Part I. High Availability and Scalability

One of the database features that supports both high availability and scalability in an application is replication.
Replication is used to create redundancy in the database layer as well as to make copies of the databases available for scaling the reads.
Part I covers how you can use replication to ensure high availability and how you can scale your system.

Chapter 1 Introduction

What’s This Replication Stuff, Anyway?

One of the two important uses of replication in many modern aplications is that of scaling out.

  • Read-Intensive scenario(读写分离)
  • Sharding(分片)

Another important application of replication is ensuring high availability by adding redundancy.

  • dual-master setup(双主配置)

So, Backups Are Not Needed Then?

  • Protection against mistakes
  • Creating new servers
  • Legal reasons

Chapter 2 MySQL Replication Library

This chapter intruduces the MySQL Replication libary, a simple library written by the authors for managing replication. You can get code at here:

Chapter 3 MySQL Replication Fundamentals

This chapter covers the following replication use cases:

High availability through hot standby(热备份)
To configure an extra server with the sole purpose of acting as a hot standby, ready to take over the job of the main server if it fails.

Report generation(生产报表 离线库)
You can get a snapshot of the database at a certain time by stopping replication on the report server and then running large queries on it without disturbing the main business server.

Debugging and auditting(调试和审计)
To see whether there is performance problems, or whether a server has gone out of sync by investigate queries that have been executed on the server.

Basic Steps in Replication

  1. Configure one server to be a master
  2. Configure one server to be slave
  3. Connect the slave to the master

Configuring the Master

[code lang=”shell”] [mysqld] user = mysql pid-file = /var/run/mysqld/ socket = /var/run/mysqld/mysqld.sock port = 3306 basedir = /usr datadir = /var/lib/mysql tmpdir = /tmp log-bin = master-bin log-bin-index = master-bin.index server-id = 1 [/code]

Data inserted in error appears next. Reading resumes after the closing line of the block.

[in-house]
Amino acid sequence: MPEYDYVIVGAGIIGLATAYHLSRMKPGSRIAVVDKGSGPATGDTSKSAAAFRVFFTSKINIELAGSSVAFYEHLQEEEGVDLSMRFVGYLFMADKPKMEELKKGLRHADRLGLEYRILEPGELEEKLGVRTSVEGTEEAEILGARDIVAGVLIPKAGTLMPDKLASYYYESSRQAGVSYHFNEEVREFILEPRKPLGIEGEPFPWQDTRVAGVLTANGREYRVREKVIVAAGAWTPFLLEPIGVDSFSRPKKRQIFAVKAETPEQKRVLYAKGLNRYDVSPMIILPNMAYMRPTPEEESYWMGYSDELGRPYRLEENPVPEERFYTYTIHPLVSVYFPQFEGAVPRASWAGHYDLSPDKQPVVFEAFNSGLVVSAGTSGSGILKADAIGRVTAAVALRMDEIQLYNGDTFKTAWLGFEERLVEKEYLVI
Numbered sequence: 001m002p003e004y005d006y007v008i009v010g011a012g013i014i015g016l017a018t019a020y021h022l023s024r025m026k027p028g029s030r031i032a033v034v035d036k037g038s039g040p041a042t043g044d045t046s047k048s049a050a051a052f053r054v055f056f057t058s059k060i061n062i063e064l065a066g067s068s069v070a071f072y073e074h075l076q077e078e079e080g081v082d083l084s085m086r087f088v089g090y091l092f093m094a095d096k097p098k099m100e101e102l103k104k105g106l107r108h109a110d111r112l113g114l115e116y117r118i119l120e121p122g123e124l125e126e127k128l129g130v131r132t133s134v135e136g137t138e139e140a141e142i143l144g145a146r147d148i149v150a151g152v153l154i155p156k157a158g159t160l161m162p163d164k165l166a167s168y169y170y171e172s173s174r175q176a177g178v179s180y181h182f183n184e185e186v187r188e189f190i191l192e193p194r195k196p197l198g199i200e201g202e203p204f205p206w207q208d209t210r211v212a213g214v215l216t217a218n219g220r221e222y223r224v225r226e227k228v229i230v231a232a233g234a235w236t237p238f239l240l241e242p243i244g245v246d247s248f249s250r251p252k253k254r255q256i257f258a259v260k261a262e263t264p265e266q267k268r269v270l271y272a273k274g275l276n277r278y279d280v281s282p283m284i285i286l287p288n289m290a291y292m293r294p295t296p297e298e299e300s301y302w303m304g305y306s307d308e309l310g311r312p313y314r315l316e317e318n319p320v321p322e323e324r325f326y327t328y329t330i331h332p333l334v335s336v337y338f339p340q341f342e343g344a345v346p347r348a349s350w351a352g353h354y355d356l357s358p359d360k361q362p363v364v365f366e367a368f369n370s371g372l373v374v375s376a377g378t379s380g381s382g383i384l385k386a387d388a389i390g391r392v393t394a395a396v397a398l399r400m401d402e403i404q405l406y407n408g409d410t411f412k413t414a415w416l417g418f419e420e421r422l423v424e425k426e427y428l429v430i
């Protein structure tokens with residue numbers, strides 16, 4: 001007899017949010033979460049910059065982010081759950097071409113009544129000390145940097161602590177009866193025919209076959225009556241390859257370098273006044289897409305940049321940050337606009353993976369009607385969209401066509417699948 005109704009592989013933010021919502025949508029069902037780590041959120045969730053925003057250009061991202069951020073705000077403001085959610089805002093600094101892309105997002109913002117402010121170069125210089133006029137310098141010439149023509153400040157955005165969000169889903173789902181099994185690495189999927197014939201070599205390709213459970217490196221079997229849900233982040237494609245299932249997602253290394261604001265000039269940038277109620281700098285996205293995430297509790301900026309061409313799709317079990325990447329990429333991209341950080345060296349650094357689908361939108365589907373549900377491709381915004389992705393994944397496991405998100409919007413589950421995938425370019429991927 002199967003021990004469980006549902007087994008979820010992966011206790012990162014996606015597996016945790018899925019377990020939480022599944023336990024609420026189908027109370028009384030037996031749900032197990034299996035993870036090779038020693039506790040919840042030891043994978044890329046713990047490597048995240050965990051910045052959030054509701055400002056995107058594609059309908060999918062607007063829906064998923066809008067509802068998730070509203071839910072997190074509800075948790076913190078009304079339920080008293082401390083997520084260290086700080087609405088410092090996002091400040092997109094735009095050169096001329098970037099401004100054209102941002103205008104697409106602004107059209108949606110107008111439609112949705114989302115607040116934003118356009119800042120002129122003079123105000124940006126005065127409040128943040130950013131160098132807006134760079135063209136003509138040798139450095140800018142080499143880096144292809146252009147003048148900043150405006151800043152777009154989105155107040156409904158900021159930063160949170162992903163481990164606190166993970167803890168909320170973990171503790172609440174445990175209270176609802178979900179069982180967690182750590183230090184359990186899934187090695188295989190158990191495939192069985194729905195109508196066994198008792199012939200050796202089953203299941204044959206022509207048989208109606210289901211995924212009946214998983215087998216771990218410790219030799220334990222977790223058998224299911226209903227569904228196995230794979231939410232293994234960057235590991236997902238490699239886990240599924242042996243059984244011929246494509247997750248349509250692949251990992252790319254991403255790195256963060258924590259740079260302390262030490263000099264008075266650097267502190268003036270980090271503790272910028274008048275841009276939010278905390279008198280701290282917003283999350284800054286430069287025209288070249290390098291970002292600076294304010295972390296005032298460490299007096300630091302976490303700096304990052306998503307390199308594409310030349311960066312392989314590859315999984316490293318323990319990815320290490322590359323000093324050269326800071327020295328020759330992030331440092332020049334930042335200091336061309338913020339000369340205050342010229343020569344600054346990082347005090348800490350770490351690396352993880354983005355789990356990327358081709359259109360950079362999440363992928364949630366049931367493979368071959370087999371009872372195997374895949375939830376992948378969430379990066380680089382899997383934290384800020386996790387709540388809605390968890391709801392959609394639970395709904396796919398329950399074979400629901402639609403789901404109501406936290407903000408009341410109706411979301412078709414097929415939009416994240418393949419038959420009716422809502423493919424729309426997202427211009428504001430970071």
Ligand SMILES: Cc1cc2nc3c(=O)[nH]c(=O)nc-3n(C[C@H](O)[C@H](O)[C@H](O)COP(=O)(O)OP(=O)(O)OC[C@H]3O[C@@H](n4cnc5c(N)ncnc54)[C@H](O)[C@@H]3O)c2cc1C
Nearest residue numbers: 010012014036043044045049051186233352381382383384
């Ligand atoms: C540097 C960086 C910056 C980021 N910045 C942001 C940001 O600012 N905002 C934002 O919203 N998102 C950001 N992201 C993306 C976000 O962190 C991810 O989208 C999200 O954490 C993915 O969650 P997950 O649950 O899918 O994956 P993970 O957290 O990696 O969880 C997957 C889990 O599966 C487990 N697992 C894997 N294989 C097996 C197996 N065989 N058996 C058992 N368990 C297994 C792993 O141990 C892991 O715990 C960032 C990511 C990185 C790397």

Configuring the Slave

[code lang=”shell”] [mysqld] user = mysql pid-file = /var/run/mysqld/ socket = /var/run/mysqld/mysqld.sock port = 3306 basedir = /usr datadir = /var/lib/mysql tmpdir = /tmp server-id = 2 relay-log-index = slave-relay-bin.index relay-log = slave-relay-bin [/code]

Connecting the Master and Slave

[code lang=”shell”] change master to -> MASTER_HOST = ‘…’, -> MASTER_PORT = 3306, -> MASTER_USER = ‘repl_user’, -> MASTER_PASSWORD = ‘123456’; [/code]

A Brief Introduction to the Binary Log

Binary Log is a record of all changes made to the database on a server. It’s used for replication, as well as for point-in-time-recovery(PITR).

What’s Recoreded in the Binary Log

There are two methods statement-based replication and row-based replication.

Use SHOW BINLOG EVENTS\G to see what events are in the binary log.

  • Event_type Type of event
  • Server_id ID of the server that created the event
  • Log_name The name of the file that stores the event
  • Pos This is the position of the file where the event start.(i.e., the first byte of the event)
  • End_log_pos This gives the position in the file where the event ends and the next event start.
    • The event is range from Pos to End_log_pos – 1, the length of the event can be computed as End_log_pos – Pos.
  • Info human-readable text

The Binary Log’s Structure and Content

One binlog file is active binlog file. This is the file that is currently being written to( and usually read from as well).

Each binlog file starts with a format description event and ends with a rotate event.

Each file is organized into binary log events, where each event makes a standalone atomic piece of the binary log.


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